This is where the difficult part came in. Once the wax cylinder was tapered onto the body I had to place the reed correctly so that the air would flow just right. This took a lot of trial and error.  

In the end I got the gaita to play... but only 3 notes worth. Probably because it's a cheap souvenir not meant to be played seriously. Luckily my parents will be returning to Barranquilla soon and I intend to have them pick up another one for me.

December 11, 2015

béton brut

Brutalist architecture of Romania. 

October 9, 2015

End of the road

I've just finished packing my suitcase (dad is still at it) while eating too many chocolate-covered Turkish Delights. I'm pretty sure I've put on a few pounds on this trip. But it's all okay because tomorrow we return to Seattle. I return to being vegan, hitting the gym, and working at Msoft until I can do this all over again. 

Today was a perfectly paced final day. We treated ourselves to breakfast at Van Kahvaltı Evi in the Cihangir neighborhood. I had my first taste of Turkish coffee (I don't know why it took so long) and we enjoyed an array of mezzes. I warned my dad that I intended to go shopping after breakfast. He could come along or we could part ways, but shopping was on the agenda no matter what. We ended up parting ways. But not before we stopped into one shop that really left an impression on me.

We happened upon a plant store, Muz,  which immediately caught my eye even though there's no way I could bring back a plant from Istanbul. We went inside and they had a great collection of pottery and other non-living goods. I loved the way the shop was set up--part plant store, part artisan goods, and part coffee shop. 

After we split up, I made my second stop at Mono, a record shop close to our breakfast stop. There was a lot to go through, but I focused on the selection of records recorded or pressed in Turkey. I ended up only buying two records (they're pricier here than in Bucharest, where I bought 6). One is Beats & Pieces from 60's & 70's Turkish Psychedelia and the other is Karisik Disko.

More shopping followed, with lots of walking inbetween. I had plans to meet back up with dad at 3pm for our second cup of coffee, this time at Mandabatmaz. It's a small, traditionally-fashioned Turkish cafe that serves the richest coffee I've ever experienced. We sat outside on low stools caught each other up on what we had been up to the previous three hours.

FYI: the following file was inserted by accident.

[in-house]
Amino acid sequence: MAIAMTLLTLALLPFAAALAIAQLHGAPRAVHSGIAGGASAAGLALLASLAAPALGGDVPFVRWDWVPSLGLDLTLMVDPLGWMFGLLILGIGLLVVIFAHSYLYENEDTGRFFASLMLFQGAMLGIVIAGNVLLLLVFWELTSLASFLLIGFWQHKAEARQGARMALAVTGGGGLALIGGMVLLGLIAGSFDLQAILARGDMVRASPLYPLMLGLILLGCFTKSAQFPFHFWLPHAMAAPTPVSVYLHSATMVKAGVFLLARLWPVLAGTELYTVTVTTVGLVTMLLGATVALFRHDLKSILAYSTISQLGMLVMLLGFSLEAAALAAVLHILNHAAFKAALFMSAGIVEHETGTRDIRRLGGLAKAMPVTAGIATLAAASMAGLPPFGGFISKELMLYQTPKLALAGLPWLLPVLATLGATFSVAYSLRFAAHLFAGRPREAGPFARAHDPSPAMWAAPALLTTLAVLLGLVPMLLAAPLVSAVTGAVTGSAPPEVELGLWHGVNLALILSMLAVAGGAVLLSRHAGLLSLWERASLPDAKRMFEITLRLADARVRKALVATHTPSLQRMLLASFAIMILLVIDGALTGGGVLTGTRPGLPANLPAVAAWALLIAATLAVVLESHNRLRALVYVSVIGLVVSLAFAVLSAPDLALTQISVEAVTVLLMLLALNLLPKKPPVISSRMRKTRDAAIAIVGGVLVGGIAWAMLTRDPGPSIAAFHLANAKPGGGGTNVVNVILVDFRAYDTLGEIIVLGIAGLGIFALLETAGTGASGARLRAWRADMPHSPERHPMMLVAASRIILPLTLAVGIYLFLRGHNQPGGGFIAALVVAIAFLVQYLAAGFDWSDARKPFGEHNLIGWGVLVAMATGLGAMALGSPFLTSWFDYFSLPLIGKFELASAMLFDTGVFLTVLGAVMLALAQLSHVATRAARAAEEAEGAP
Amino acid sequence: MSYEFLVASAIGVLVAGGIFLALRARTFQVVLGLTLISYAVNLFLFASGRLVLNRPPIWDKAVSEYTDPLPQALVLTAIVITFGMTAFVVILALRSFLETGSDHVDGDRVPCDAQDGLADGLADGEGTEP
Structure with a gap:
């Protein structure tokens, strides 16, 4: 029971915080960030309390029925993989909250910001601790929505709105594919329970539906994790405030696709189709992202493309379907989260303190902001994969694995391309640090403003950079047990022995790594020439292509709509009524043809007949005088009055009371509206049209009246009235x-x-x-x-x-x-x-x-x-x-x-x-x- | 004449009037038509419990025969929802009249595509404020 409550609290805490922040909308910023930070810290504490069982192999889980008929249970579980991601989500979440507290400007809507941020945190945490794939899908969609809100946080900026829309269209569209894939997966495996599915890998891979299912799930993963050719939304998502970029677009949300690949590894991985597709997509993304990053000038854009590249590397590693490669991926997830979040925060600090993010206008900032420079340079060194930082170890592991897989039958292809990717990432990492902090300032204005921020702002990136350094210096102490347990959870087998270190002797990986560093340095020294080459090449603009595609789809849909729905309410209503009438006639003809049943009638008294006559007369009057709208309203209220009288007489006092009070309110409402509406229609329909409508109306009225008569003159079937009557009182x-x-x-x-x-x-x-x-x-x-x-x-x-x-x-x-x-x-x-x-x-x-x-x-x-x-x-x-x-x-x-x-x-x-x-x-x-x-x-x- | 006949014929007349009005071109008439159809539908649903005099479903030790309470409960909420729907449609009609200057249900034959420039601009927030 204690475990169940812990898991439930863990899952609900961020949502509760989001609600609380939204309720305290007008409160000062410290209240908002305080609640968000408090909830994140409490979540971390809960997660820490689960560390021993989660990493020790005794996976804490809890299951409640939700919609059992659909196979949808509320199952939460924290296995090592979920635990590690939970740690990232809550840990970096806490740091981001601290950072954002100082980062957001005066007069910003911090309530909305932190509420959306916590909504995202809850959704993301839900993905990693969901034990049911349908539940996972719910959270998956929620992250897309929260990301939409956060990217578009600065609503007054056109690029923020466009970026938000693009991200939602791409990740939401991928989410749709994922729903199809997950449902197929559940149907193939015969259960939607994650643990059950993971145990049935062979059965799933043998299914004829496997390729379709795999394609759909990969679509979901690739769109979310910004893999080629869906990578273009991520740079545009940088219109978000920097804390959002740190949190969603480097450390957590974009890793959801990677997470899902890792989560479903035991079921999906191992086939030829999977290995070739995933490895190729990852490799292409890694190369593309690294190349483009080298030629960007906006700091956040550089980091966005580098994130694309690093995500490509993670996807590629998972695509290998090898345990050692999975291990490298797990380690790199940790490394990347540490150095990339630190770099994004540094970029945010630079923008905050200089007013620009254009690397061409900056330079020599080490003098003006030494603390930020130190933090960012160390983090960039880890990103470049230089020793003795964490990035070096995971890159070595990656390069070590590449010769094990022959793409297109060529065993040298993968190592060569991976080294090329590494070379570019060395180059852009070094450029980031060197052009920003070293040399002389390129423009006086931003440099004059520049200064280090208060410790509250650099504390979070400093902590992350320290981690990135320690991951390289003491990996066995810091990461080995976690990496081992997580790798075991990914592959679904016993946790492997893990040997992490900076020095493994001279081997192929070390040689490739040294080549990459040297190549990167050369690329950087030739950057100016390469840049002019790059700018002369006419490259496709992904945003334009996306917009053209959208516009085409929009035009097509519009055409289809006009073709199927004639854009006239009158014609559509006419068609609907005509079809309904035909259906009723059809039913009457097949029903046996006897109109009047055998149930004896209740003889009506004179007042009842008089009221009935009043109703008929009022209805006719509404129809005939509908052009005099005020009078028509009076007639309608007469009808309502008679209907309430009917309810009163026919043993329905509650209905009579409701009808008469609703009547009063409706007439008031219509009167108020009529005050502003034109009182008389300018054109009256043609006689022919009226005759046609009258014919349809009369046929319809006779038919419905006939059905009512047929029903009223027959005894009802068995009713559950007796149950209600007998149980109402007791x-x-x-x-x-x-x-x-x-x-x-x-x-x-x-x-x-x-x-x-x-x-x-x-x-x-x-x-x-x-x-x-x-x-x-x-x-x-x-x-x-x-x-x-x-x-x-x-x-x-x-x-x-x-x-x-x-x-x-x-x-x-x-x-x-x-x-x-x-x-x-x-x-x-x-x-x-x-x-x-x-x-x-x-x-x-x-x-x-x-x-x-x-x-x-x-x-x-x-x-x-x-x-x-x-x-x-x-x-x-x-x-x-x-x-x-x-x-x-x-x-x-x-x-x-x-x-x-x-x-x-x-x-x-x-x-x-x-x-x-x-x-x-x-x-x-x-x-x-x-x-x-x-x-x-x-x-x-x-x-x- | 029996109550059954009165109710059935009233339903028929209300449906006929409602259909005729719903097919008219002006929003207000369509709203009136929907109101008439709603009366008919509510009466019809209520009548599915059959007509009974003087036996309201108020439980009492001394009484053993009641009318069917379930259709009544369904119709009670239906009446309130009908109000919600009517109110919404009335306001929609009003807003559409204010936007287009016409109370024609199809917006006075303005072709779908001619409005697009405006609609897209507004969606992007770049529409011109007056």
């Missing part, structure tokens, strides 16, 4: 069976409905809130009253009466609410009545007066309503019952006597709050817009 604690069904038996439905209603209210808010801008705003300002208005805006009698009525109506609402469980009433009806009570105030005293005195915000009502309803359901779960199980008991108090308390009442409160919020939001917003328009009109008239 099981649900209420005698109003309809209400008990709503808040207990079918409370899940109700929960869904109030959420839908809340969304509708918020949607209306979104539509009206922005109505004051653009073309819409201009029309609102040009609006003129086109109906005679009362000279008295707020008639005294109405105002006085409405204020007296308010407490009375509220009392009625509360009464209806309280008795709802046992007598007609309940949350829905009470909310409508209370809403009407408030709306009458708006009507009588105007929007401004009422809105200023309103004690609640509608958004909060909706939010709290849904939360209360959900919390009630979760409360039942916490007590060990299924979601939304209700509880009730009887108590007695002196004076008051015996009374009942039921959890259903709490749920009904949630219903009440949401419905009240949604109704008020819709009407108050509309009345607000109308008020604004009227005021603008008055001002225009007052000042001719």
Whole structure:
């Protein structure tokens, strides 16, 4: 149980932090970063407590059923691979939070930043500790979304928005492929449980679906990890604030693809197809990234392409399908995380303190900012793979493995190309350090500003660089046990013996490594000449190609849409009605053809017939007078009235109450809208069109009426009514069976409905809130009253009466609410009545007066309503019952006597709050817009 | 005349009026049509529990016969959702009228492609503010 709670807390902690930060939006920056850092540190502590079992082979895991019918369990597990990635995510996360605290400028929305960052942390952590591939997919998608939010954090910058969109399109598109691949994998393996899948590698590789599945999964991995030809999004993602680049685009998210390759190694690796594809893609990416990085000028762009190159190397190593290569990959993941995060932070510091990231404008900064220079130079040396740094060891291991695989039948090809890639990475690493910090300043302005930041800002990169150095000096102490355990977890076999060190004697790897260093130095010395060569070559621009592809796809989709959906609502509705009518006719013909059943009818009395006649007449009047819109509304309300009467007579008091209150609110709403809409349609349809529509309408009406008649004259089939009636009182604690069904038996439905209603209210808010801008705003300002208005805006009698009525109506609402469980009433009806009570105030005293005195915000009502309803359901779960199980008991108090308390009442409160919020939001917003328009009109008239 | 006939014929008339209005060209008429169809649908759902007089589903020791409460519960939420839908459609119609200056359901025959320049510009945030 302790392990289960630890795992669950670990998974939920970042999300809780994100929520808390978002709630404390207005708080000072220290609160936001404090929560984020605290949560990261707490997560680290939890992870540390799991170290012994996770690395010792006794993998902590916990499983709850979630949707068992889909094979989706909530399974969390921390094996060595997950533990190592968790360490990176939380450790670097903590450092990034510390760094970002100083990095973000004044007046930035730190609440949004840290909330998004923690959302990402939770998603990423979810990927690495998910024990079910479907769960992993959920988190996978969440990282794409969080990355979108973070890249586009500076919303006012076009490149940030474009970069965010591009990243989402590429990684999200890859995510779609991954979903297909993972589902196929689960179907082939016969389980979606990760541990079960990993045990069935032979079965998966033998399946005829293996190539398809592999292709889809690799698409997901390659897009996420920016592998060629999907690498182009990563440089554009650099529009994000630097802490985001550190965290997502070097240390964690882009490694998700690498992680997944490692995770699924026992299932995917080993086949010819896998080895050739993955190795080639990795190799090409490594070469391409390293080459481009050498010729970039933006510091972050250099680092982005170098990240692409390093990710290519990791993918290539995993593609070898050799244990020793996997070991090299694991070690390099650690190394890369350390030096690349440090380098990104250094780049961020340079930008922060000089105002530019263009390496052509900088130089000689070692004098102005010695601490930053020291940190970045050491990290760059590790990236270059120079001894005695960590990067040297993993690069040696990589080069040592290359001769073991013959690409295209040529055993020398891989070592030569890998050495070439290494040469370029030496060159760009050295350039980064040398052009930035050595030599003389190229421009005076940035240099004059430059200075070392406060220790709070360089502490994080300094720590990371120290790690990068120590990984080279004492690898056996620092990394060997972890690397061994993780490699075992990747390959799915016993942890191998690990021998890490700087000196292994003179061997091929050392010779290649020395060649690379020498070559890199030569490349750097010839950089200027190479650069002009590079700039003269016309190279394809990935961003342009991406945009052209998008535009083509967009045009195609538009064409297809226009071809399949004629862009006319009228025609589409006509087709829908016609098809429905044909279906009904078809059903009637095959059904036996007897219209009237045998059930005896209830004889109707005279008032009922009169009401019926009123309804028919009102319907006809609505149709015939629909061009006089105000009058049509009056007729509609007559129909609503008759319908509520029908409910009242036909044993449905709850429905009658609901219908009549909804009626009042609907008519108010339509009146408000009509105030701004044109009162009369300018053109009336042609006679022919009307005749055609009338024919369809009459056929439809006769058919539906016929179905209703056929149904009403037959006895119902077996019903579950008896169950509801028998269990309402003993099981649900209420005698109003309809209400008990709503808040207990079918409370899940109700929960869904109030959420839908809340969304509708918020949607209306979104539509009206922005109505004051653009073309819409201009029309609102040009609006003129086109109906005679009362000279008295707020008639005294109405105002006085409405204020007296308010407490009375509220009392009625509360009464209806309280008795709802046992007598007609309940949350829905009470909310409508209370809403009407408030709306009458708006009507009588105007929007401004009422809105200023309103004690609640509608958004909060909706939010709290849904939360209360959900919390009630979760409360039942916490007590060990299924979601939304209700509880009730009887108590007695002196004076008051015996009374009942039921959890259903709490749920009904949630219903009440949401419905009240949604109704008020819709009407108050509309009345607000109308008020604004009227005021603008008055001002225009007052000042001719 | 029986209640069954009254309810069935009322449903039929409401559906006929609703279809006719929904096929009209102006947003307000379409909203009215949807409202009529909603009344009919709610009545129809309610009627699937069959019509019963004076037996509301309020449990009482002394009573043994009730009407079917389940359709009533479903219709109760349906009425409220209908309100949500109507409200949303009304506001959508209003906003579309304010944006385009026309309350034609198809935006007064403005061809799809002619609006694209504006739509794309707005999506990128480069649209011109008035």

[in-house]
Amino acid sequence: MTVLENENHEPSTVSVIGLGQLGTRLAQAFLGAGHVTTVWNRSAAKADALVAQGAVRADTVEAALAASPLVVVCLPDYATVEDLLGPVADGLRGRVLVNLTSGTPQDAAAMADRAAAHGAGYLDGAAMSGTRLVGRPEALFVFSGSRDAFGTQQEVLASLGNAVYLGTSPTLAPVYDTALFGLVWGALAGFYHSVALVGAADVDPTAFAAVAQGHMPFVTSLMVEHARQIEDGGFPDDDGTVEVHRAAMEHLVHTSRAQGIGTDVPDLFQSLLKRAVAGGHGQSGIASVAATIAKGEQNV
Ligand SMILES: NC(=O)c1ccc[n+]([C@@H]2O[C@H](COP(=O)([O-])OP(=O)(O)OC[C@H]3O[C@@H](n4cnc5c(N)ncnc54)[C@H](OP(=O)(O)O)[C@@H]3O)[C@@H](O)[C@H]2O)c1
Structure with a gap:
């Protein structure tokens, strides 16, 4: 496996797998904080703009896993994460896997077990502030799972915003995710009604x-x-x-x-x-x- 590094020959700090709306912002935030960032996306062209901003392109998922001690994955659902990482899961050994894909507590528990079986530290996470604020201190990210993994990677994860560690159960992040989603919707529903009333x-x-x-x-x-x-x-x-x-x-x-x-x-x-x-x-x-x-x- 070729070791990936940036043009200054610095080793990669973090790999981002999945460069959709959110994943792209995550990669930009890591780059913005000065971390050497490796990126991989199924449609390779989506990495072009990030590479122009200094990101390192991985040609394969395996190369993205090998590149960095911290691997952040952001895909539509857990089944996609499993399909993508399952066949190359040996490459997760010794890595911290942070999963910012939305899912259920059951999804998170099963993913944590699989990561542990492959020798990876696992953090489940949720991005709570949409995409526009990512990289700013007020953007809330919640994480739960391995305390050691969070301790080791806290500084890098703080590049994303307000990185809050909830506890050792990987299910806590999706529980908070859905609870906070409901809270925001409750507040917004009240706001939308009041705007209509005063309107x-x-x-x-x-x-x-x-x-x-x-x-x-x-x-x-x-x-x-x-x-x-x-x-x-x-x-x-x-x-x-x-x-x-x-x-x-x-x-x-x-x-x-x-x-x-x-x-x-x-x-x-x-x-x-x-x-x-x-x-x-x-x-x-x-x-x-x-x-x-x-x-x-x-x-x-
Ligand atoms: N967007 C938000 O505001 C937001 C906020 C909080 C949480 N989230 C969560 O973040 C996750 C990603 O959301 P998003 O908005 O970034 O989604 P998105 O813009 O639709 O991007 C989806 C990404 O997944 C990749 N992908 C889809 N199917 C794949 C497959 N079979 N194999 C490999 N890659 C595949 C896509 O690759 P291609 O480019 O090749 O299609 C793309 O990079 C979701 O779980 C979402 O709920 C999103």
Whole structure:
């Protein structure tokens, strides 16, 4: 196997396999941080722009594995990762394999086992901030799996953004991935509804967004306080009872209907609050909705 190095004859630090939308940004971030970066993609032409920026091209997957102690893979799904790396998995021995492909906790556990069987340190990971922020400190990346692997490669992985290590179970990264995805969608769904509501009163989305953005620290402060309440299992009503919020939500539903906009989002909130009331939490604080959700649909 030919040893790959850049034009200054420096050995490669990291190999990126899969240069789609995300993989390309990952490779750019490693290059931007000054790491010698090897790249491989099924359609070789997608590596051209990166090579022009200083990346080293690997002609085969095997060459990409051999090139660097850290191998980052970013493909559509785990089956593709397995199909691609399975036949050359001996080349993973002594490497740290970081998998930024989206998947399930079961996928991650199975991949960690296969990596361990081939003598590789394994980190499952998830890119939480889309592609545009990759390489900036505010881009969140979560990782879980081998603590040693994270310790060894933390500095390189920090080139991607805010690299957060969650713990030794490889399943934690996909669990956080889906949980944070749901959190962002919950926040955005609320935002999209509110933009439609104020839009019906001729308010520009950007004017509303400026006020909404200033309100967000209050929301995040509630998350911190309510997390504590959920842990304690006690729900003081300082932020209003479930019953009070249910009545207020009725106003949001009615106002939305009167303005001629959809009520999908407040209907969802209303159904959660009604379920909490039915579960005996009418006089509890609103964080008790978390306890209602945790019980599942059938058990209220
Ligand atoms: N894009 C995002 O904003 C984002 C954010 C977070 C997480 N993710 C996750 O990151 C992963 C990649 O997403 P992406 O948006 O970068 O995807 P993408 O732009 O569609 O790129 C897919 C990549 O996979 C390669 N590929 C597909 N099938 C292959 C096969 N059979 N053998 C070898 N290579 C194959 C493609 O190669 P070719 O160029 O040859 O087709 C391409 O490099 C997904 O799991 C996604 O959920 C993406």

Once coffee was done, we headed back to the hotel for our spa appointment! We both booked a hammam/massage package, which started off with fifteen minutes in a eucalyptus dry sauna. When our time was up, we were led to the hammam...together. Once we realized they intended to have us bathe in the same room--at the same time--my dad and both enthusiastically repeated "father!" "daughter!" "not wife!". The misunderstanding was fixed by putting me back in the dry sauna until my dad was done using the room. And that was the last I saw of him. Just kidding. Once the massage and bathing and scrubbing was all done, I returned to our hotel room to grab my dad and set off for our fancy dinner. 

We had reservations at 6:30pm at 360 Istanbul, a restaurant that (you guess it) has a 360 degree view of the city. What's even better is that we were able to catch the sunset. I couldn't have thought of a better way to finish our trip. I put to my dad that we should each share what we'll miss most about traveling together. It was interesting to realize that our answers were very similar. It has been a wonderful experience getting to spend time with my dad as an adult. The last time I spent this much uninterrupted time with him was when I was a kid living at home. Our experiences in Romania brought up a lot of family history and self-discovery that I was able to process with my dad as an equal. 

I could dive deeper into what else I've appreciated about this trip, but I have to wake up at 3am and it's already 11pm. I need those four hours. So long, Istanbul.